Looking for high-potential stocks? Just follow the big players within the hedge fund industry. Why should you do so? Let’s take a brief look at what statistics have to say about hedge funds’ stock picking abilities to illustrate. The Standard and Poor’s 500 Index returned approximately 7.6% in the 12 months ending November 21, with more than 51% of the stocks in the index failing to beat the benchmark. Therefore, the odds that one will pin down a winner by randomly picking a stock are less than the odds in a fair coin-tossing game. Conversely, best performing hedge funds’ 30 preferred mid-cap stocks generated a return of 18% during the same 12-month period. Coincidence? It might happen to be so, but it is unlikely. Our research covering a 17-year period indicates that hedge funds’ stock picks generate superior risk-adjusted returns. That’s why we believe it is wise to check hedge fund activity before you invest your time or your savings on a stock like KeyCorp (NYSE:KEY).
Is KeyCorp (NYSE:KEY) a buy, sell, or hold? Hedge funds are becoming less confident, as the number of long hedge fund positions shrunk by four in the third quarter. In this way, the company was in 42 hedge funds’ portfolios at the end of September. However, the level and the change in hedge fund popularity aren’t the only variables you need to analyze to decipher hedge funds’ perspectives. A stock may witness a boost in popularity but it may still be less popular than similarly priced stocks. That’s why at the end of this article we will examine companies such as Interpublic Group of Companies Inc (NYSE:IPG), Lincoln National Corporation (NYSE:LNC), and Wynn Resorts, Limited (NASDAQ:WYNN) to gather more data points.
At Insider Monkey, we’ve developed an investment strategy that has delivered market-beating returns over the past 12 months. Our strategy identifies the 100 best-performing funds of the previous quarter from among the collection of 700+ successful funds that we track in our database, which we accomplish using our returns methodology. We then study the portfolios of those 100 funds using the latest 13F data to uncover the 30 most popular mid-cap stocks (market caps of between $1 billion and $10 billion) among them to hold until the next filing period. This strategy delivered 18% gains over the past 12 months, more than doubling the 8% returns enjoyed by the S&P 500 ETFs.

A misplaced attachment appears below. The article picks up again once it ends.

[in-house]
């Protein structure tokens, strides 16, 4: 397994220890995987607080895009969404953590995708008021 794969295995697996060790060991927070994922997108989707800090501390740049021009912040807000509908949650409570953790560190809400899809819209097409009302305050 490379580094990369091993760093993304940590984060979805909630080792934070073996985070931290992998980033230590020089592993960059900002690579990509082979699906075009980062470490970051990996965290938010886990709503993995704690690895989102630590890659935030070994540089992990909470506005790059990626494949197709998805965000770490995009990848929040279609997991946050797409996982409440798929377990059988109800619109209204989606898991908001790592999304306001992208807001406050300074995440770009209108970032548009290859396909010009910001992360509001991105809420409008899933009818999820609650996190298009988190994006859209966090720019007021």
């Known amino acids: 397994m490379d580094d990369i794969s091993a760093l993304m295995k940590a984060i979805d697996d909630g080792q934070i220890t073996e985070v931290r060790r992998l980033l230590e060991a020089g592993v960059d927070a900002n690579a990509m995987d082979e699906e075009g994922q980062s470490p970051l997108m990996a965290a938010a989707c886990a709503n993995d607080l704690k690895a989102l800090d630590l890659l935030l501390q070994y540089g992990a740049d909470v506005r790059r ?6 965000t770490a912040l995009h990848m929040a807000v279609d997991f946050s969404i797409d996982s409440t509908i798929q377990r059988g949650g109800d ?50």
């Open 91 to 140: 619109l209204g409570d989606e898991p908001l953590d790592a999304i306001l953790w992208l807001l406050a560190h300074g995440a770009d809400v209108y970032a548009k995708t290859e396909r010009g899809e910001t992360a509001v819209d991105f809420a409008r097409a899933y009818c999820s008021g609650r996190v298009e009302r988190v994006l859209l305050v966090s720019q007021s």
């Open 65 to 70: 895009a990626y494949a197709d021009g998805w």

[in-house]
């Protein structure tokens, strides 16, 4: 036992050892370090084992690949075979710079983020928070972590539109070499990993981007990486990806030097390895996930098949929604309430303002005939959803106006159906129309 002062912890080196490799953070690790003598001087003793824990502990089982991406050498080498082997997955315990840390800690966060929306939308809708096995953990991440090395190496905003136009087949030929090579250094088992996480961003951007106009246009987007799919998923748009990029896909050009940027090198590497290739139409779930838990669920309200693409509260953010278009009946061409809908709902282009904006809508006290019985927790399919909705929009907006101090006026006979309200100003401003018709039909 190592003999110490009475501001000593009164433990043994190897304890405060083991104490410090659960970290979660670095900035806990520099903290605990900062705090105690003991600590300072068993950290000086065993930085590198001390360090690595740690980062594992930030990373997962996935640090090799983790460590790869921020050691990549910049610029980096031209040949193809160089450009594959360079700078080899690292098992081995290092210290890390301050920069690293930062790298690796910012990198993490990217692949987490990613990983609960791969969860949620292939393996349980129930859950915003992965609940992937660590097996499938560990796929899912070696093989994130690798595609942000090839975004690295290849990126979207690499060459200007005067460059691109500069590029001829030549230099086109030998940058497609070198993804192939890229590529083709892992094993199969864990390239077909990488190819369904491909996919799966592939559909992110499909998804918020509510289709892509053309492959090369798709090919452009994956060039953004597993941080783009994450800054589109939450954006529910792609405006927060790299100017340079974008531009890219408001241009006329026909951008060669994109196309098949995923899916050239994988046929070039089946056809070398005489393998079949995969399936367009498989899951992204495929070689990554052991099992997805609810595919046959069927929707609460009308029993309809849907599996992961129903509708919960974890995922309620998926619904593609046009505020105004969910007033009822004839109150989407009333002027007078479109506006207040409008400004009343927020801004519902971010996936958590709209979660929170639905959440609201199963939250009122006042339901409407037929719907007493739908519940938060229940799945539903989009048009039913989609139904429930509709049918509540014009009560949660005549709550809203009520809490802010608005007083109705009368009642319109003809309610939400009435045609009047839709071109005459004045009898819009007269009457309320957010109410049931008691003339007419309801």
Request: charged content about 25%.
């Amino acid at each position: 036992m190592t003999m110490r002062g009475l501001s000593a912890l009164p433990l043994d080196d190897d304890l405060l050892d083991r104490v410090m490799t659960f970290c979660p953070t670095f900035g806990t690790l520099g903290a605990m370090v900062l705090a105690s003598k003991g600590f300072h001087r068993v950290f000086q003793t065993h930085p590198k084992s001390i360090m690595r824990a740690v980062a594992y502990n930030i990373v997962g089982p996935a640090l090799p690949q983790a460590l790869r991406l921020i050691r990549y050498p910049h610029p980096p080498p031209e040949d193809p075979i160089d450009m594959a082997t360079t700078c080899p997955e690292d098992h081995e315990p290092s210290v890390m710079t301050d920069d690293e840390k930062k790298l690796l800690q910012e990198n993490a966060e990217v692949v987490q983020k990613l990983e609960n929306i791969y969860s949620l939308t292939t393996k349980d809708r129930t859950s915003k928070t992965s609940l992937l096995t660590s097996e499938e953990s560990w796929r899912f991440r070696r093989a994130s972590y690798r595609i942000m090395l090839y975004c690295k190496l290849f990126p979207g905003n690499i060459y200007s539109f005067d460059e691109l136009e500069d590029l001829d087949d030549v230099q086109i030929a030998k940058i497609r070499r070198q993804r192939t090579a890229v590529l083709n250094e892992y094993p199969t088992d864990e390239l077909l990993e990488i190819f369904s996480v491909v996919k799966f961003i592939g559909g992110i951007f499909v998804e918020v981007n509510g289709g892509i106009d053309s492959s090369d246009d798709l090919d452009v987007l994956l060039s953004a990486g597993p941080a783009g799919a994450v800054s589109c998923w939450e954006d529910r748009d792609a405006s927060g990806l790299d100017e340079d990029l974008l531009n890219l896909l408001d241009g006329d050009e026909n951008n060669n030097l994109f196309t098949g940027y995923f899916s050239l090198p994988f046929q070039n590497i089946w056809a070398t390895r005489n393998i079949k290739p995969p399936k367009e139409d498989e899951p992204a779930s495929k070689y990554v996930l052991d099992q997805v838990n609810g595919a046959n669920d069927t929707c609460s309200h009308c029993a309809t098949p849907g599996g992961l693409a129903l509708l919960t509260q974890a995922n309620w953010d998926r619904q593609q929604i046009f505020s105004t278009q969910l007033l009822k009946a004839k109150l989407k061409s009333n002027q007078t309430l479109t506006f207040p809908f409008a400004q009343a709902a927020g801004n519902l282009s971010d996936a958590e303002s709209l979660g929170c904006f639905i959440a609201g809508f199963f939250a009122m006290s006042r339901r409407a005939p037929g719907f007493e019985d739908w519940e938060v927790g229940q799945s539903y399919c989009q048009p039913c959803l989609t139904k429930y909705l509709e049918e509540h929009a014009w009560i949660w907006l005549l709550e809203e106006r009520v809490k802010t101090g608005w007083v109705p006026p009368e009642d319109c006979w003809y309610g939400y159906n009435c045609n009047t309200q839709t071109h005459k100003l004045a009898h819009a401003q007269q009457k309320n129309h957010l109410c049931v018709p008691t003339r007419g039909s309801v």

Keeping this in mind, we’re going to check out the fresh action surrounding KeyCorp (NYSE:KEY).
What have hedge funds been doing with KeyCorp (NYSE:KEY)?
During the third quarter, the number of investors tracked by Insider Monkey that were long KeyCorp inched down by 9% to 42. With hedge funds’ sentiment swirling, there exists a few noteworthy hedge fund managers who were upping their holdings considerably (or already accumulated large positions).
When looking at the institutional investors followed by Insider Monkey, Israel Englander’s Millennium Management, one of the 10 largest hedge funds in the world holds the biggest position in KeyCorp (NYSE:KEY). Millennium Management has a $116.2 million position in the stock. On Millennium Management’s heels is Richard S. Pzena’s Pzena Investment Management, with a $91.1 million position. Remaining professional money managers with similar optimism comprise Anand Parekh’s Alyeska Investment Group, Jim Simons’ Renaissance Technologies, and Peter Rathjens, Bruce Clarke and John Campbell’s Arrowstreet Capital.